OK, I’m being deliberately controversial there with my headline but when is it OK to use jargon in a media interview? We often find our journalists having this discussion with participants at the start of our Media Training Courses and our Business Writing Courses.
The Telegraph makes great fun last week, of Matt Hancock’s liberal use of managerial jargon, noting his mission to
“To free up, to empower, to harness the mission-driven capability of Team Health and Care”,
“the historic silo between provision of mental health and physical health services.”
The Health Secretary went on:
“The population health approach that is embedded within these integrated care systems will [itself] be at the fulcrum of delivery of health improvement”.
If we were playing buzzword bingo here our buzzers would be going into meltdown.
So can you use jargon in a media interview? By and large, journalists hate management speak or corporate language. As soon as an interviewee mentions “stakeholders,” or starts talking about “developing synergies” we inwardly (and sometimes outwardly) roll our eyes. The NHS, where many of our clients work, is notorious for its “clinical pathways” and “patient outcomes.”
We recently trained a group of doctors who, inevitably during their first round of role-play interviews, kept referring to “local clinical management.” To them, the phrase is as natural as
“I’ll send you an email”
“Do you want a coffee?”
but when we looked at how this wording would come across when talking to local TV or newspapers they began to realise that it was inappropriate.
The fact is that language is dictated by the audience.
Here, the audience of ordinary people, many of them young mothers or elderly people according to the usual local media demographic and therefore very relevant to them, would not understand what they meant. Even if they did, these are not the words and phrases that they would use themselves and so the doctors were quite literally talking a different language – and thereby alienating themselves from the very people they were trying to talk to.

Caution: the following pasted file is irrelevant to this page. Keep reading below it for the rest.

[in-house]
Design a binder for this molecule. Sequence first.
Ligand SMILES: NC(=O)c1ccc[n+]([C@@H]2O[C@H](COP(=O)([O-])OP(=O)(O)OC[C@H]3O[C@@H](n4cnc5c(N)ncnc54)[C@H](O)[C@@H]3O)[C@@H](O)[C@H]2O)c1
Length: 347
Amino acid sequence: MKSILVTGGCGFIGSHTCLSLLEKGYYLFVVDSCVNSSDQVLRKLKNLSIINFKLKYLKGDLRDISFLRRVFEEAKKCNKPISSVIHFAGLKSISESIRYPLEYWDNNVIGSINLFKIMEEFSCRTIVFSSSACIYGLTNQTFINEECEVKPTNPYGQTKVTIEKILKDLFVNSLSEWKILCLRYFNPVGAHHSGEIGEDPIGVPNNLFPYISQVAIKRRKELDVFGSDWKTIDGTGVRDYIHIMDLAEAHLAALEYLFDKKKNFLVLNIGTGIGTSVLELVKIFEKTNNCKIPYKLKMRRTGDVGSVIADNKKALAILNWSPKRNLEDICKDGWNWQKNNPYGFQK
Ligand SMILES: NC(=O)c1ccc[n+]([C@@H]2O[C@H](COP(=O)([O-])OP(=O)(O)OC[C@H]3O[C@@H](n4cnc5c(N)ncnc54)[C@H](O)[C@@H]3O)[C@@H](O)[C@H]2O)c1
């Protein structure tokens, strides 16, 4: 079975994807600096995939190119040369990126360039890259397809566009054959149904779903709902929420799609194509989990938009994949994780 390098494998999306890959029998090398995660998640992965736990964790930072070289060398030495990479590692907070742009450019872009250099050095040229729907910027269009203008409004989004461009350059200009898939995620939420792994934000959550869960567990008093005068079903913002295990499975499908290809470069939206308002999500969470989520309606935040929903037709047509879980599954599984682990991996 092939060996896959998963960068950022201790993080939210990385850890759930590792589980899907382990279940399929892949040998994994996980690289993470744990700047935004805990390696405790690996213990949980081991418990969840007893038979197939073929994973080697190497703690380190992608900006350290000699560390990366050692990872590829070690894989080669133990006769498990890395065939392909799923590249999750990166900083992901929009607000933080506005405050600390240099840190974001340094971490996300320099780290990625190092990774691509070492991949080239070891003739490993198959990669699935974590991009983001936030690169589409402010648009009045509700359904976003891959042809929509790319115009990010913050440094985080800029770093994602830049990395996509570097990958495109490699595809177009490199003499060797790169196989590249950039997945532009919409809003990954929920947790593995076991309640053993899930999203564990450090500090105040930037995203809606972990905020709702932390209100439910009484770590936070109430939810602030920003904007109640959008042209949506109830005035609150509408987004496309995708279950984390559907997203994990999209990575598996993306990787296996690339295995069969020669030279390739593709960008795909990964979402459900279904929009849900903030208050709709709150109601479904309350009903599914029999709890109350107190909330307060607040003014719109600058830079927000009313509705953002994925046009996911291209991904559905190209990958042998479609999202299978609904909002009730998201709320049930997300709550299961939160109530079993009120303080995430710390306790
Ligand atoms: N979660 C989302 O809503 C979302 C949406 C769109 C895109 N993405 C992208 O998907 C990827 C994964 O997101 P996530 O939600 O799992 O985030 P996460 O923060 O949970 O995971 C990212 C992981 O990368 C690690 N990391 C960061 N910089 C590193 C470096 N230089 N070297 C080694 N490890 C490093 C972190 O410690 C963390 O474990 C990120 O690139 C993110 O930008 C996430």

Of course, these phrases – and other examples of NHS jargon – would be fine when the doctors were talking to other healthcare professionals but it’s essential to match your language to the audience. As we say,
“It’s good to use the language people understand but it’s better to use the language they use.”
As soon as we asked the participants for alternatives, they soon came up with plenty of suggestions:
“Ask your doctor,”
“It’s something for you and your GP to decide on.”
If a journalist were writing an article for Health Service Journal or the BMJ “local clinical management,” would be appropriate. If you had to explain every piece of technical language and every acronym it would make meetings painfully slow, your colleagues would feel patronised – and they’d probably think that you’d gone a bit mad.
The point, as we stress in all our business communications courses, media training, business writing and corporate storytelling, is to think about the audience. Journalists particularly hate corporate language when there’s a natural, more easily understandable way to say the same thing.
“Cascading the information,” is just telling people, isn’t it? Isn’t “leveraging” making use of or using or even exploiting?
Journalists might hate jargon and vacuous corporate language but we love being introduced to new buzzwords and phrases. “Selfie,” “Crowdsourcing” and even “Fit For Purpose,” are among the buzzwords that have entered the language – and therefore the media.
If you quote a buzzword then flag it up as such, for example, by saying,
“What we call XYZ,” or “We even have a name for this…”
The other thing about buzzwords that appeal to journalists is that they must be snappy, witty and best of all they must refer to a type of person or activity.
Tribes fascinate journalists. “Hipsters,” “Yuppies,” (remember them?), Millennials and “Generation Y” are all good for us in the media because they’re about people and there’s nothing that journalists writing about more than people. After all, they’re the ones that listen to our radio programmes, watch our TV reports and read our written articles – at least they will if we use the right language.
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